Category Archives: Awards and Recognition

The Naturalist Course is at Class 8 of 10, 03-29-19

We’re already in week 8 of the 10-week Certified California Naturalist course. Wow!  Next week is the final exam, and the week after that is graduation. Seems like the time just flew by!

The speaker today was Christy Berger who did a presentation on Crows and Other Corvids.  She’s with the Heron and Egret Rescue but has a live rescued crow and does speaking engagements on corvids throughout the area, so we’re having her do her crow thing today and then come back for the summer class to talk about the herons and egrets (because that’s when those birds are nesting and having babies.) she brought her crow Onyx with her. Onyx has an eye condition he’s had since birth so there’s a white film over his eyes all the time, and he’s very sensitive to different kinds of light. Christy gave her talk with a PowerPoint presentation, then had us turn on the room lights and turn off the projector before she brought Onyx out for us to see.  He spent most of the time trying to get his jesses off. Hah!

Christy’s talk focused mostly on crows and ravens, but also included a smattering of facts about different kinds of native corvids such as the endemic Yellow-Billed Magpie and California Scrub Jay.  She talked for about 2 hours, and then the class took a break.

CLICK HERE for the album of photos.

When everyone came back from the break three of the students presented their capstone projects. Michele Sheehan did one on the interpretive signs she created for the Heather Farm Park in Walnut Creek, CA.  Then Fran Bowman did a presentation on the upgrade of an exhibit she’s doing for the Cache Creek Nature Preserve. They have a mastodon fossil (part of a pelvis and a tusk) and she’s updating the interpretive information on it.  Lastly, Rebecca Rubio-Aliaga did a presentation on the monitoring of Bluebird Boxes she’s doing for Napa-Solano Audubon… They were incredible.  I am so proud of the work they’re doing outside of class!

We also took a moment to thank Roxanne (who had brought candy, grapes and mandarin oranges to share with the class) for all the help she’s given us during the classes and field trips.  We gave her the plaque I’d made and a small felted fox.  She was very touched by the gesture.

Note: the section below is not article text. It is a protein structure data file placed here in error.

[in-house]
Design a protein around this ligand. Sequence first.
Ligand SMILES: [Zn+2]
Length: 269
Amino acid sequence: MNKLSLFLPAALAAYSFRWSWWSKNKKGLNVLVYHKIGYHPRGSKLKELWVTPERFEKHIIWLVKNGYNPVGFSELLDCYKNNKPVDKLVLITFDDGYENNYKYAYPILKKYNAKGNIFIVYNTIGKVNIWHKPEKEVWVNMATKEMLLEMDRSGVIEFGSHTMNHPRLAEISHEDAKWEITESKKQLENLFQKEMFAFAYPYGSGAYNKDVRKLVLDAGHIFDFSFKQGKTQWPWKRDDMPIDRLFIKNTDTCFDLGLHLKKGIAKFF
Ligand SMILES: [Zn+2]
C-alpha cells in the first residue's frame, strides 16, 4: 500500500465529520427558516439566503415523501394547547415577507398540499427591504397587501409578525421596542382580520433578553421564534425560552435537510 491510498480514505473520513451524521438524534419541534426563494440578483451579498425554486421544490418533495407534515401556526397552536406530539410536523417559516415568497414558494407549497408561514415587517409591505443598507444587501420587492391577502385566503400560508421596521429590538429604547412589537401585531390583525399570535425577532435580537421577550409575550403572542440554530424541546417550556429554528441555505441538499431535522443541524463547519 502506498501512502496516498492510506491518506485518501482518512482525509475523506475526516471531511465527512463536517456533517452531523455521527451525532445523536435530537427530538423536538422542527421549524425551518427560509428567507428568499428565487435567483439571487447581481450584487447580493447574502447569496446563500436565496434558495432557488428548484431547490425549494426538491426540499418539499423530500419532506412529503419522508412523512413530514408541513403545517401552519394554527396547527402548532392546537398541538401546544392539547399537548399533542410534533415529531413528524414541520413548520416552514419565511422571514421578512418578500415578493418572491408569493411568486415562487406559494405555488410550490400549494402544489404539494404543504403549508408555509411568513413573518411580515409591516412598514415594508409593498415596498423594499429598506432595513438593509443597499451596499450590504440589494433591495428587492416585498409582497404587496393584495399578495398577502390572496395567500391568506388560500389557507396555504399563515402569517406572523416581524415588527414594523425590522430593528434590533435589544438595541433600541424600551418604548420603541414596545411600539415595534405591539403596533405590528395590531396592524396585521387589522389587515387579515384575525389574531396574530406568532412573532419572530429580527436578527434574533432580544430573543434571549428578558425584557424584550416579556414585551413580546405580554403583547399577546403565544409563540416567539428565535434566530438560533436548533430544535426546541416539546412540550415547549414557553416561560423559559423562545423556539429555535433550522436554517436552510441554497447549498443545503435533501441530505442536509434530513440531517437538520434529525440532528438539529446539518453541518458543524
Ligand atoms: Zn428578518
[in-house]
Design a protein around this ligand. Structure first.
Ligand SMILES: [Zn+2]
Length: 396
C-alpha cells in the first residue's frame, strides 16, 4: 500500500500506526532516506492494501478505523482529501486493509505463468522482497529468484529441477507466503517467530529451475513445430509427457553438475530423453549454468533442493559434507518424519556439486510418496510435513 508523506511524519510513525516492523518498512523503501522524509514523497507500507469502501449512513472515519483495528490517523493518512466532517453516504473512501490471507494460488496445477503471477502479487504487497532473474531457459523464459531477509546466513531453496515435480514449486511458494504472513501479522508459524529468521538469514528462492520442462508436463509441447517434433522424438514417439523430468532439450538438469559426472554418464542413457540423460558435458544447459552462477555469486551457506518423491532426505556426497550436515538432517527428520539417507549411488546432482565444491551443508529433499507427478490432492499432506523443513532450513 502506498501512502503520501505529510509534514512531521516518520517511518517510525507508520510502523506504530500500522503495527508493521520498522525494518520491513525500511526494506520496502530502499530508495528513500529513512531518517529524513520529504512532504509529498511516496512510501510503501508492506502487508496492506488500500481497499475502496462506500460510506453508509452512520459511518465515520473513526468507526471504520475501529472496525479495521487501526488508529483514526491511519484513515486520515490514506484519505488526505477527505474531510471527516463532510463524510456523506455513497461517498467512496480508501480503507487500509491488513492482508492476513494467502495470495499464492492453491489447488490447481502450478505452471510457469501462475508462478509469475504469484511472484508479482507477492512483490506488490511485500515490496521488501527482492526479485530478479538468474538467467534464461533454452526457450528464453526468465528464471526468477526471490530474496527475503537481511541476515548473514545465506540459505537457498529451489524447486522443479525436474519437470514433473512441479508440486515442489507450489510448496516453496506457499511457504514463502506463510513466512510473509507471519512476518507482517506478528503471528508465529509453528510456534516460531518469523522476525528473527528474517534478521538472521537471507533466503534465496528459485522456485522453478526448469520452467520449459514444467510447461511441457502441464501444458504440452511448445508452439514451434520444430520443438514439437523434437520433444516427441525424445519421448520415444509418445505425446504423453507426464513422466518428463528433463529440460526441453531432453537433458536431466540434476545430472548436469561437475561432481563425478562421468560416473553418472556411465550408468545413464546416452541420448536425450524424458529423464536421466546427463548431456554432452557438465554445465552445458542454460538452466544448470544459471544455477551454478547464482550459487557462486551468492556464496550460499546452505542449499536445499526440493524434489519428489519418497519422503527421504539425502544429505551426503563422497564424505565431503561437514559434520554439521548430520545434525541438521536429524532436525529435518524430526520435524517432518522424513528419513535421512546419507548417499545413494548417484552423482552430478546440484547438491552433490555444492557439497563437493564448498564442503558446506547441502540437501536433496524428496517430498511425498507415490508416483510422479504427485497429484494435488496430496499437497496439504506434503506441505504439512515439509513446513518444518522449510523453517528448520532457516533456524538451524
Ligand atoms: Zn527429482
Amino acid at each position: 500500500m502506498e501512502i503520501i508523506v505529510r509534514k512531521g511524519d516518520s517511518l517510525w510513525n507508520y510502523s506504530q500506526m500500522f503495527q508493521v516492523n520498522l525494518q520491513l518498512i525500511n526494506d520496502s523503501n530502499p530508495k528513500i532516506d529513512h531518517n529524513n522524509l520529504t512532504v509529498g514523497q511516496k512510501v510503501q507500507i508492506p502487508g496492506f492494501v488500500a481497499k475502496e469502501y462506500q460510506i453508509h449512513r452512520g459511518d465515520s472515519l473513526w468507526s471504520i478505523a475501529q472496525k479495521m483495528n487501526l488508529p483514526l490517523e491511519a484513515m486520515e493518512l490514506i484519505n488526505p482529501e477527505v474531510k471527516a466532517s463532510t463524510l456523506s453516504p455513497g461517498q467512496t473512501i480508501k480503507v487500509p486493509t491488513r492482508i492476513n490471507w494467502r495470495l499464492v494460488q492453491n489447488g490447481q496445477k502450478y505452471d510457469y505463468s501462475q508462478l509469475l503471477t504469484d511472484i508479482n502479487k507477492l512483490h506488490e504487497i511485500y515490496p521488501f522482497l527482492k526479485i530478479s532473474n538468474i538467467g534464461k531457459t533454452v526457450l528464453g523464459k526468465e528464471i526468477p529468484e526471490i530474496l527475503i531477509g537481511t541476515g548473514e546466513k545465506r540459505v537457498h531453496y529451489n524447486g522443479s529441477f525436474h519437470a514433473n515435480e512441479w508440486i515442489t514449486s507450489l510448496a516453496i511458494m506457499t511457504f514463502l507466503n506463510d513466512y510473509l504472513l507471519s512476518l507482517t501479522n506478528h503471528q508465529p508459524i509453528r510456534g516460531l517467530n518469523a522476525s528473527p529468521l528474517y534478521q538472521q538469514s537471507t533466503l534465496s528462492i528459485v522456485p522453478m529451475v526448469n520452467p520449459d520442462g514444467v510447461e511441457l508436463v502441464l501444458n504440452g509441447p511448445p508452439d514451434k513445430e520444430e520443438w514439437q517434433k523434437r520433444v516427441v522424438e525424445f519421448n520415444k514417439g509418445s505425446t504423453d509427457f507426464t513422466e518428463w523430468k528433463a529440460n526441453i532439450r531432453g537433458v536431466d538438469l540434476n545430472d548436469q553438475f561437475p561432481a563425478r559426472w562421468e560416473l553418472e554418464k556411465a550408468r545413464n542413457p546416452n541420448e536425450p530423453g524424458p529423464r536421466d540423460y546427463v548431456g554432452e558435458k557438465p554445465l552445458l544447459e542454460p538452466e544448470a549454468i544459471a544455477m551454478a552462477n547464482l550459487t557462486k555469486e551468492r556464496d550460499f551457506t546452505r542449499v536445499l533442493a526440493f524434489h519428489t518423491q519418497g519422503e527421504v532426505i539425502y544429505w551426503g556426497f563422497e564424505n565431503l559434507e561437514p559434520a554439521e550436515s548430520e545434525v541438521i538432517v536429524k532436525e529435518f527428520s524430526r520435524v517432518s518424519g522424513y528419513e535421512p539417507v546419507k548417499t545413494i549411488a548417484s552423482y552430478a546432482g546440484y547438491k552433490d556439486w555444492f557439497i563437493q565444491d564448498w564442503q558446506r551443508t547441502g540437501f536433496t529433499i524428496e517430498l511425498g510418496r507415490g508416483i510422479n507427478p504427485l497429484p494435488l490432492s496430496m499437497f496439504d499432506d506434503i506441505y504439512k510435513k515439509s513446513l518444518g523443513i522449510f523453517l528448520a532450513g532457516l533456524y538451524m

Then Bill did his presentation on the last chapter of our textbook, one on “Energy and Global Environmental Issues”. We call it the “sad chapter” because it talks about all of the yucky stuff the environment has to deal with: air and water pollution, fragmentation, fracking, habitat degradation, neo-nic and Round-Up poisons, etc. Bill tried to rush through, hoping we’d get in some species ID time, but he finished right at 4:00 pm. Class over.  As I mentioned, next week is the final exam and the week after that is graduation. The students all decided they’d like to do a potluck for that day, so that should be fun!  #CalNat

Wow! A French Ornithologist Read My Article!

greenheron

I got this email from a gentleman in France today about the article I’d written on Herons:

From: micreg <micreg@voila.fr>
Subject: Bait fishing Green Heron -Mary K. Hanson
Date: September 16, 2014 2:08:36 PM PDT
Reply-To: micreg <micreg@voila.fr>

Hi Mary,

I’m a french ornithologist and I’m working on bait fishing behaviour of herons.

At
http://www.davisenterprise.com/local-news/tuleyome-tales-blue-and-green-herons-the-long-and-short-of-it/
http://www.davisenterprise.com/print/?edition=2014-03-02&ptitle=A16

You wrote “I saw a green heron at a local pond use discarded Cheetos as his “bait” for the small fish in the pond.”
Could you please tell me some additionnal informations for my database?

-your full name?
-date of your obs?
-place of your obs?
-if the heron has been successful in catching fish with this technique?
-the nature of the bait? What is Cheetos? Are they some Crackers or Chips?

Thank you for your replies.
Michel Réglade (Toulouse-France)

 

How exciting is that?!  I wrote him back and also offered to send him some of my heron photos and video snippets if he’d like them for his research.  The green herons are among my favorite birds to watch.  They’re so animated and ingenious.  The photo is of one using a dead bee as bait to catch fish.